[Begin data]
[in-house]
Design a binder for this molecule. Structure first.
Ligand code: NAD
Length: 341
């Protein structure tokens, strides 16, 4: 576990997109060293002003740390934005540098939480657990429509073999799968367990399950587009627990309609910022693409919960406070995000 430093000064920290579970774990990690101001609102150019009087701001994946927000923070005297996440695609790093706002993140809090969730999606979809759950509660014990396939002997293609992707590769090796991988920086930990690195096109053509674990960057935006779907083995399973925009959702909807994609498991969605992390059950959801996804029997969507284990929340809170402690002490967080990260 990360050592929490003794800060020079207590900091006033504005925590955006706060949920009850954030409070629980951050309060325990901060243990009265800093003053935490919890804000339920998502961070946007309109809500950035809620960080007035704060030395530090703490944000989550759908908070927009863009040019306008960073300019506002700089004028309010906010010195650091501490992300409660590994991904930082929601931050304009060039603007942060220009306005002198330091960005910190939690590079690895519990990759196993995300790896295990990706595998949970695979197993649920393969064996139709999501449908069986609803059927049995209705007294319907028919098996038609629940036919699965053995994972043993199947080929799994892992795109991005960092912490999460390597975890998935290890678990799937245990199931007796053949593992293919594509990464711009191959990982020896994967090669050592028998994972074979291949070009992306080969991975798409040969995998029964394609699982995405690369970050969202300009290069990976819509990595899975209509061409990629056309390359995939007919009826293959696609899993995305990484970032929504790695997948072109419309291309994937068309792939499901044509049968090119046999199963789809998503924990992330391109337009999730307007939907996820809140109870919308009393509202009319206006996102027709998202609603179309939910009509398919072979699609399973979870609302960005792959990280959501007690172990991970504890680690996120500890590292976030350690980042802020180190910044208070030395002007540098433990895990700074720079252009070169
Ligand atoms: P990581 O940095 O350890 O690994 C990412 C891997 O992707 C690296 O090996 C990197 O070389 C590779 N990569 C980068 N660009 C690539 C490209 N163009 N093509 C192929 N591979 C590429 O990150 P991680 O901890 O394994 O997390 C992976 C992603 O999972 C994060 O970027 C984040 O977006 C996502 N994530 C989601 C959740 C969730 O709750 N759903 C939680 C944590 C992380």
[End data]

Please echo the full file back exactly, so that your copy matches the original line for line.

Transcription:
[in-house]
Design a binder for this molecule. Structure first.
Ligand code: NAD
Length: 341
């Protein structure tokens, strides 16, 4: 576990997109060293002003740390934005540098939480657990429509073999799968367990399950587009627990309609910022693409919960406070995000 430093000064920290579970774990990690101001609102150019009087701001994946927000923070005297996440695609790093706002993140809090969730999606979809759950509660014990396939002997293609992707590769090796991988920086930990690195096109053509674990960057935006779907083995399973925009959702909807994609498991969605992390059950959801996804029997969507284990929340809170402690002490967080990260 990360050592929490003794800060020079207590900091006033504005925590955006706060949920009850954030409070629980951050309060325990901060243990009265800093003053935490919890804000339920998502961070946007309109809500950035809620960080007035704060030395530090703490944000989550759908908070927009863009040019306008960073300019506002700089004028309010906010010195650091501490992300409660590994991904930082929601931050304009060039603007942060220009306005002198330091960005910190939690590079690895519990990759196993995300790896295990990706595998949970695979197993649920393969064996139709999501449908069986609803059927049995209705007294319907028919098996038609629940036919699965053995994972043993199947080929799994892992795109991005960092912490999460390597975890998935290890678990799937245990199931007796053949593992293919594509990464711009191959990982020896994967090669050592028998994972074979291949070009992306080969991975798409040969995998029964394609699982995405690369970050969202300009290069990976819509990595899975209509061409990629056309390359995939007919009826293959696609899993995305990484970032929504790695997948072109419309291309994937068309792939499901044509049968090119046999199963789809998503924990992330391109337009999730307007939907996820809140109870919308009393509202009319206006996102027709998202609603179309939910009509398919072979699609399973979870609302960005792959990280959501007690172990991970504890680690996120500890590292976030350690980042802020180190910044208070030395002007540098433990895990700074720079252009070169
Ligand atoms: P990581 O940095 O350890 O690994 C990412 C891997 O992707 C690296 O090996 C990197 O070389 C590779 N990569 C980068 N660009 C690539 C490209 N163009 N093509 C192929 N591979 C590429 O990150 P991680 O901890 O394994 O997390 C992976 C992603 O999972 C994060 O970027 C984040 O977006 C996502 N994530 C989601 C959740 C969730 O709750 N759903 C939680 C944590 C992380």